US military test flight: Zephyr solar glider crashed

Airbus‘ high-flying drone has crashed in the desert just hours before setting a record for the longest flight ever recorded by an aircraft.

The Zephyr solar-powered drone has crashed over the Arizona desert after a long-distance flight of 64 days. On tracking websites, the glider’s route suddenly became invisible on Friday 19 August and did not reappear as it usually does. According to the US magazine Simple Flying, the data shows a vertical rate of descent increasing rapidly and racing to the ground at speeds of up to 83 kilometres per hour.

An Airbus Defense representative reportedly confirmed the loss to Simple Flying, but did not speak of a crash. According to the statement, there were „circumstances that ended its current flight“. No persons were harmed. „US military test flight: Zephyr solar glider crashed“ weiterlesen

Airbus‘ „Zephyr“: Stratospheric drone beats own record

Airbus‘ unmanned glider has been flying for 42 days without landing; no aircraft has been in the air without refueling for such a long time. As a flying Internet node, the drone could replace 250 cell towers. But there is interest mainly from the military.

The „Zephyr“ solar glider breaks more records during a test flight. Launched on June 15, the drone has now been in the air for 42 days, far surpassing the mark of 26 days set in 2018. As then, the test is taking place over a U.S. Army compound in Yuma, the Arizona city considered the sunniest in the world. In theory, the unmanned aircraft can fly continuously for months without maintenance.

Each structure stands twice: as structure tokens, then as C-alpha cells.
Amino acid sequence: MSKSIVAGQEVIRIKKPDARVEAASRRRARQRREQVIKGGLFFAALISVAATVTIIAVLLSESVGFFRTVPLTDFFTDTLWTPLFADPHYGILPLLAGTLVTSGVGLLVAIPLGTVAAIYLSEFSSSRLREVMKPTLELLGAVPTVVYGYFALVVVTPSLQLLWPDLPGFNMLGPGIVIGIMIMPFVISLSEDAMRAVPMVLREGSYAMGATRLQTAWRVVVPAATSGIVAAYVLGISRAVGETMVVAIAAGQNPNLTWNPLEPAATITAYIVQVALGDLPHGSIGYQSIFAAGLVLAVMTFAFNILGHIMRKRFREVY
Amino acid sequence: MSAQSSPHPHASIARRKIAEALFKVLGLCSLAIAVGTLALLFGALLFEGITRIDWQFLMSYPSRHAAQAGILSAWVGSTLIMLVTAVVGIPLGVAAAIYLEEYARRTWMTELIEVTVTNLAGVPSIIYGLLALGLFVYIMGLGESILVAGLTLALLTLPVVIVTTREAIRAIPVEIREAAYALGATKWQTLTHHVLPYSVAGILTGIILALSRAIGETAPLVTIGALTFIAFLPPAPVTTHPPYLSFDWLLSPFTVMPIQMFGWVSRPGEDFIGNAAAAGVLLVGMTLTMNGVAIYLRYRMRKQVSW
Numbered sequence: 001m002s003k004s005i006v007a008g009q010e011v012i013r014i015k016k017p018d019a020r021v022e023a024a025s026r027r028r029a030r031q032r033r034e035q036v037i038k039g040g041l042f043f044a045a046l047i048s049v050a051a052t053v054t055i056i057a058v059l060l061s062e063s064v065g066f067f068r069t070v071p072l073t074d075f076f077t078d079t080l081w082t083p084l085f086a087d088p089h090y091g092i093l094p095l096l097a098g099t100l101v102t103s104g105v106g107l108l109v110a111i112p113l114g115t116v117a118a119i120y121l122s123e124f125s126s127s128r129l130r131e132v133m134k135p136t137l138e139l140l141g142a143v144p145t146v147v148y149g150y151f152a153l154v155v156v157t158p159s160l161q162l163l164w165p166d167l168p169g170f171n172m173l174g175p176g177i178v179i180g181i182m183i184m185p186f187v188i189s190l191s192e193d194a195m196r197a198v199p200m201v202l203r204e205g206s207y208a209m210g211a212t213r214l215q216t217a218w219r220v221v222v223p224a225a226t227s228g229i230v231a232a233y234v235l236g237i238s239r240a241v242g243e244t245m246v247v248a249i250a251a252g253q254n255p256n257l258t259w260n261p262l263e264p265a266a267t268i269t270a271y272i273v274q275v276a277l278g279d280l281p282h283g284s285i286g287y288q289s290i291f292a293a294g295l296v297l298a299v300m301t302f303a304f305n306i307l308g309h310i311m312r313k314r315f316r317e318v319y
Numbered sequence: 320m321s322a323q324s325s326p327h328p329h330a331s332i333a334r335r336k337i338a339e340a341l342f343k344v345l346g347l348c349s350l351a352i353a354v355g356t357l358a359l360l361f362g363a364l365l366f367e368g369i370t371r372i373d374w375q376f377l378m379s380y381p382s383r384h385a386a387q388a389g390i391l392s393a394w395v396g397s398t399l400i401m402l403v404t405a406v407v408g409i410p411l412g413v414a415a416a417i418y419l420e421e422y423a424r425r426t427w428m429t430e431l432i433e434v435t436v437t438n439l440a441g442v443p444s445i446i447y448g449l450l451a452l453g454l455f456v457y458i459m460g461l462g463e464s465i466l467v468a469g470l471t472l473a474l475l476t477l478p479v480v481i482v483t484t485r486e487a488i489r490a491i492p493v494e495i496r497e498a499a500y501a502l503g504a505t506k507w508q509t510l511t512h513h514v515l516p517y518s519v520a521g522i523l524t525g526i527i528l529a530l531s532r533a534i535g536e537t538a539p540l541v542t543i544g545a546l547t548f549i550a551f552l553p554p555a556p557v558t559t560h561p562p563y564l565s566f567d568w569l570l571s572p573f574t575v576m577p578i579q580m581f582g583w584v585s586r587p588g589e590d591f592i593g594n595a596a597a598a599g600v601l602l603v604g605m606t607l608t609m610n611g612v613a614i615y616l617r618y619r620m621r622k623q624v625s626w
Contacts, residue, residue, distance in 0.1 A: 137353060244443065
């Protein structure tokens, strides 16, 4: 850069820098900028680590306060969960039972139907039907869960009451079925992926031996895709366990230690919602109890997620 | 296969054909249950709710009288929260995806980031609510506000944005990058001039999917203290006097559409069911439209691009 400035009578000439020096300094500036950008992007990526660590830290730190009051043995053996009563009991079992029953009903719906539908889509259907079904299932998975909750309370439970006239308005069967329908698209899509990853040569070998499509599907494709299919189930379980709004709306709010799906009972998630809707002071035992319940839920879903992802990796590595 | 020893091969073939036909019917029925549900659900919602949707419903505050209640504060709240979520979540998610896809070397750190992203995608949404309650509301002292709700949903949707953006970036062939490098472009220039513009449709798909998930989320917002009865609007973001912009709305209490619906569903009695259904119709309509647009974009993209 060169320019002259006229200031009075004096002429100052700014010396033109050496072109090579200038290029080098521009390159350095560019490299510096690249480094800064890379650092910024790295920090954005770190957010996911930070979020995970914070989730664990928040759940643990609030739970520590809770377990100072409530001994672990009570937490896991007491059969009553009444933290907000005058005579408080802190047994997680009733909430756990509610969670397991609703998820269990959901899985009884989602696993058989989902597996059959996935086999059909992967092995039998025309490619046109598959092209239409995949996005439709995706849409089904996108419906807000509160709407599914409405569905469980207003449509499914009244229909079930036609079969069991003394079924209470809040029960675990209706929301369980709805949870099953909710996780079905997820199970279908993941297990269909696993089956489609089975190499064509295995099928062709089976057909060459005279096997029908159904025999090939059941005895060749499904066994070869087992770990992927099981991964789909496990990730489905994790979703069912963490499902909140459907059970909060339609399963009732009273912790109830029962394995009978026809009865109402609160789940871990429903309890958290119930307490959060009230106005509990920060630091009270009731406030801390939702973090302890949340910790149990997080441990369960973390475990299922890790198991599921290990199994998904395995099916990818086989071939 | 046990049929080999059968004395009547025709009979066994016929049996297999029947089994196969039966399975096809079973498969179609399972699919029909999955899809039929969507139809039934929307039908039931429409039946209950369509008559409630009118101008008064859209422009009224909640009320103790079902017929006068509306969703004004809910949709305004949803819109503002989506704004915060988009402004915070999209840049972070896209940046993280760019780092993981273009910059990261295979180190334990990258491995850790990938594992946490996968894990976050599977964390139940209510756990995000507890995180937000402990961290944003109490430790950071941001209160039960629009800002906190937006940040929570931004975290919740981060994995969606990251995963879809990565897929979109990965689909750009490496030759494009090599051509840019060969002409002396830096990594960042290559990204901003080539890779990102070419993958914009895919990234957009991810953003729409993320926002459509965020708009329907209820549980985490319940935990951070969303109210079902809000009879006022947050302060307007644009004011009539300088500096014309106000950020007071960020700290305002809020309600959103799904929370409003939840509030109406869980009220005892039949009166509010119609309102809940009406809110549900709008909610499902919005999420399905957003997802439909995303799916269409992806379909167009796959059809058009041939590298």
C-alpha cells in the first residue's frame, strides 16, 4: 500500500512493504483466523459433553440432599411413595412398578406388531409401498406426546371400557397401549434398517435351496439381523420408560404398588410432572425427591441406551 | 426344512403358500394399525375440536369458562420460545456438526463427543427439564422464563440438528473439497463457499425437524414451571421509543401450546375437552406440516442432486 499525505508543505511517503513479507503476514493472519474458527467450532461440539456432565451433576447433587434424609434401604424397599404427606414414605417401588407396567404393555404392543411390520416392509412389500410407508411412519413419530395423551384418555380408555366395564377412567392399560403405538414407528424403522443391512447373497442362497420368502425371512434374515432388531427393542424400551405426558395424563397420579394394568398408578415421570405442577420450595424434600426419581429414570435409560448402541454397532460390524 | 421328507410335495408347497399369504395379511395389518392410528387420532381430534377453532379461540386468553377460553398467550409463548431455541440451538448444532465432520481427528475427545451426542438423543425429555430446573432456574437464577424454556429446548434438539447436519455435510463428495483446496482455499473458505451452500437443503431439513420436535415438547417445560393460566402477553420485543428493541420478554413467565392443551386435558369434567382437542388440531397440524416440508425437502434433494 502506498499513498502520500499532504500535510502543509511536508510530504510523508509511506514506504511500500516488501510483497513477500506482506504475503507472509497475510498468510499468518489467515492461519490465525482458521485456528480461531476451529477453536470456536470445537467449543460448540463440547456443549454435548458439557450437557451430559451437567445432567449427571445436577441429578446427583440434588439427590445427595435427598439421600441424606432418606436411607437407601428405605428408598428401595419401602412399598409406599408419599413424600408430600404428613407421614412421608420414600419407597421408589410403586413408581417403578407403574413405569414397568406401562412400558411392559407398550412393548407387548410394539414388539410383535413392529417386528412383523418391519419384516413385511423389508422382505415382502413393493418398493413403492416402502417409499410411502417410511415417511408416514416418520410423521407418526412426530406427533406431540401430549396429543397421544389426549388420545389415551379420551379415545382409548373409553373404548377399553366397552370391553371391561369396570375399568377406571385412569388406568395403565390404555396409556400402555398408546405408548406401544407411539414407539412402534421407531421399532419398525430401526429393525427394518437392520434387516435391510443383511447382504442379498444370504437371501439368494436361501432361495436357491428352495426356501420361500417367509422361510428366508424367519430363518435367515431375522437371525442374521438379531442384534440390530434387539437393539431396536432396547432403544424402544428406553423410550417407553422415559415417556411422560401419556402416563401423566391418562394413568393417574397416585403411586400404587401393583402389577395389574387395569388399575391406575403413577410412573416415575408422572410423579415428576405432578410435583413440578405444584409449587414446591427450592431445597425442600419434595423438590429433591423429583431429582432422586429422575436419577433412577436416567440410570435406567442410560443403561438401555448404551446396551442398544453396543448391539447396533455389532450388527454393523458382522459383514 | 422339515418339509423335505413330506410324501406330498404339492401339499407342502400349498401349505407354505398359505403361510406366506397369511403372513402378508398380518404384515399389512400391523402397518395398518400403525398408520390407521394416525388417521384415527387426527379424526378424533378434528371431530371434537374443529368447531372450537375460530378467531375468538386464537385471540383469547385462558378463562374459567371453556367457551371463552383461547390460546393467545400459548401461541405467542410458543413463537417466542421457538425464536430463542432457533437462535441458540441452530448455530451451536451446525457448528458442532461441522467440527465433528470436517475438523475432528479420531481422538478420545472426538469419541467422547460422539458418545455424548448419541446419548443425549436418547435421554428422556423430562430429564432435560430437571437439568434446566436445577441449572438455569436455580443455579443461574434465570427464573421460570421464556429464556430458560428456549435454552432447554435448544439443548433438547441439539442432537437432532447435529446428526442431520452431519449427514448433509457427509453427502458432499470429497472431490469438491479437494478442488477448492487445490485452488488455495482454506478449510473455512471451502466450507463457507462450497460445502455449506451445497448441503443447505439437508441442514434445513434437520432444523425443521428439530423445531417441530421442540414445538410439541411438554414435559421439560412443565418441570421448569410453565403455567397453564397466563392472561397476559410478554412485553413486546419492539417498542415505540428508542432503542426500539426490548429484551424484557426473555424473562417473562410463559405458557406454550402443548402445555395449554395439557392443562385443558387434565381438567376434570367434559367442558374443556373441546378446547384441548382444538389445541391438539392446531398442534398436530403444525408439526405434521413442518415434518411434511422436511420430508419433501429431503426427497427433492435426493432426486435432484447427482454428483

With the tests, Airbus and the military want to test the durability of the drone, its electric motors  and its satellite communications. The flights involve intelligence, surveillance and reconnaissance units from the military and various combat commands. „Airbus‘ „Zephyr“: Stratospheric drone beats own record“ weiterlesen

Frontex closes surveillance gaps in the air and in space

High-flying drones are to reconnoitre the EU’s external borders from the stratosphere, a static zeppelin is already observing close to the ground. With interception systems in space, the EU border agency wants to locate and possibly tap satellite telephones in the Mediterranean. So far, the technology has only been installed in aircraft.

The European Union‘s border agency Frontex is expanding its „surveillance capability“ with high-flying platforms. In a call for tenders, systems are being sought for use in the stratosphere. At an altitude of 20 kilometres, they are to close the gap between the aircraft, drones and satellites already in use.

The systems sought include so-called high-altitude platforms (HAPS) or lighter-than-air (LTA) solutions, such as those currently being developed to series maturity by the European armament company Airbus with the glider „Zephyr“ or its French competitor Thales with the zeppelin-like „Stratobus“, which can last for months or even years. Suppliers of microsatellites, which can be launched into space extremely cheaply these days, can also apply.

The launch of HAPS has been driven by the EU Space Agency since 2017, and its market share at the time was estimated to be over €7 billion by 2024. Frontex could therefore be one of the first users of the new technology, as with the „Space Data Highway“. „Frontex closes surveillance gaps in the air and in space“ weiterlesen